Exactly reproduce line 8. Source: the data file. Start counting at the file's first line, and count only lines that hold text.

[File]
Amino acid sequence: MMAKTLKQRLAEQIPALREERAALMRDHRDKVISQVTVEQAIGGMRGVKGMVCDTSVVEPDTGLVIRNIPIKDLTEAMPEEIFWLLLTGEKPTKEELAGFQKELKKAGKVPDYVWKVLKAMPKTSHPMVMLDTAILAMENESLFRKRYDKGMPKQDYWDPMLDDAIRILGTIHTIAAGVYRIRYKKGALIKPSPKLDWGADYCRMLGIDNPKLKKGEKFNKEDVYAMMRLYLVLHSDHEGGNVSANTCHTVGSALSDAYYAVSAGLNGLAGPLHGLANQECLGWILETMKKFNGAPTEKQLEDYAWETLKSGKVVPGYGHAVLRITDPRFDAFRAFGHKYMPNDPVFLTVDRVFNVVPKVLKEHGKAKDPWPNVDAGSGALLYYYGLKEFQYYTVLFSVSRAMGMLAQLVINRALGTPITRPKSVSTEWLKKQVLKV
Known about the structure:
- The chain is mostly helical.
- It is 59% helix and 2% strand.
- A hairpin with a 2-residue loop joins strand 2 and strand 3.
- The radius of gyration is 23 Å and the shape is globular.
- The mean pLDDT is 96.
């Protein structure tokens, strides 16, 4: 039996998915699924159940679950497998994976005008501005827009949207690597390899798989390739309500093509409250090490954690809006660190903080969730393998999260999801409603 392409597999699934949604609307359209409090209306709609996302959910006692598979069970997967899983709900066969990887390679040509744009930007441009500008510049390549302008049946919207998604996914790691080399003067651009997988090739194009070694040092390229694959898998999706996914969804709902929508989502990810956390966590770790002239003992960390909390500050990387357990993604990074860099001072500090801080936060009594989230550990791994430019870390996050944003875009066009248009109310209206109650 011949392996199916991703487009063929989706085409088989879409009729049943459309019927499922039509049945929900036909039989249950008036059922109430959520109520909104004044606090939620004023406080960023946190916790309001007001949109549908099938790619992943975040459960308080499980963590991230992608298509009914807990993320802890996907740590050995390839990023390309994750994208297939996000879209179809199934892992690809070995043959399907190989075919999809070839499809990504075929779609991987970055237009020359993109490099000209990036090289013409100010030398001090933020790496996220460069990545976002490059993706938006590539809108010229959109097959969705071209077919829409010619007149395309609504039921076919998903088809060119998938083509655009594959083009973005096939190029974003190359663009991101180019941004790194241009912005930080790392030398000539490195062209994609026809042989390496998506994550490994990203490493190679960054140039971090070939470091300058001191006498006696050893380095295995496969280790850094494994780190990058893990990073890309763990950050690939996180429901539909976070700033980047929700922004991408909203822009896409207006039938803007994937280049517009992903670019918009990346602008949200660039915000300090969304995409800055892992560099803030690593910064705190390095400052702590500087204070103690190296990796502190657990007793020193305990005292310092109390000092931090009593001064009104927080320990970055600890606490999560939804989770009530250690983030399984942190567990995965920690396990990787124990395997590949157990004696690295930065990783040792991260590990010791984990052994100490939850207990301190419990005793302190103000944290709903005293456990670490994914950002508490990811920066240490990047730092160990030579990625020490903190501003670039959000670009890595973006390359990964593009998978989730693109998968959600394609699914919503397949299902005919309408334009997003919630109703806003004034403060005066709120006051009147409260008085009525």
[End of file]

């Protein structure tokens, strides 16, 4: 039996998915699924159940679950497998994976005008501005827009949207690597390899798989390739309500093509409250090490954690809006660190903080969730393998999260999801409603 392409597999699934949604609307359209409090209306709609996302959910006692598979069970997967899983709900066969990887390679040509744009930007441009500008510049390549302008049946919207998604996914790691080399003067651009997988090739194009070694040092390229694959898998999706996914969804709902929508989502990810956390966590770790002239003992960390909390500050990387357990993604990074860099001072500090801080936060009594989230550990791994430019870390996050944003875009066009248009109310209206109650 011949392996199916991703487009063929989706085409088989879409009729049943459309019927499922039509049945929900036909039989249950008036059922109430959520109520909104004044606090939620004023406080960023946190916790309001007001949109549908099938790619992943975040459960308080499980963590991230992608298509009914807990993320802890996907740590050995390839990023390309994750994208297939996000879209179809199934892992690809070995043959399907190989075919999809070839499809990504075929779609991987970055237009020359993109490099000209990036090289013409100010030398001090933020790496996220460069990545976002490059993706938006590539809108010229959109097959969705071209077919829409010619007149395309609504039921076919998903088809060119998938083509655009594959083009973005096939190029974003190359663009991101180019941004790194241009912005930080790392030398000539490195062209994609026809042989390496998506994550490994990203490493190679960054140039971090070939470091300058001191006498006696050893380095295995496969280790850094494994780190990058893990990073890309763990950050690939996180429901539909976070700033980047929700922004991408909203822009896409207006039938803007994937280049517009992903670019918009990346602008949200660039915000300090969304995409800055892992560099803030690593910064705190390095400052702590500087204070103690190296990796502190657990007793020193305990005292310092109390000092931090009593001064009104927080320990970055600890606490999560939804989770009530250690983030399984942190567990995965920690396990990787124990395997590949157990004696690295930065990783040792991260590990010791984990052994100490939850207990301190419990005793302190103000944290709903005293456990670490994914950002508490990811920066240490990047730092160990030579990625020490903190501003670039959000670009890595973006390359990964593009998978989730693109998968959600394609699914919503397949299902005919309408334009997003919630109703806003004034403060005066709120006051009147409260008085009525």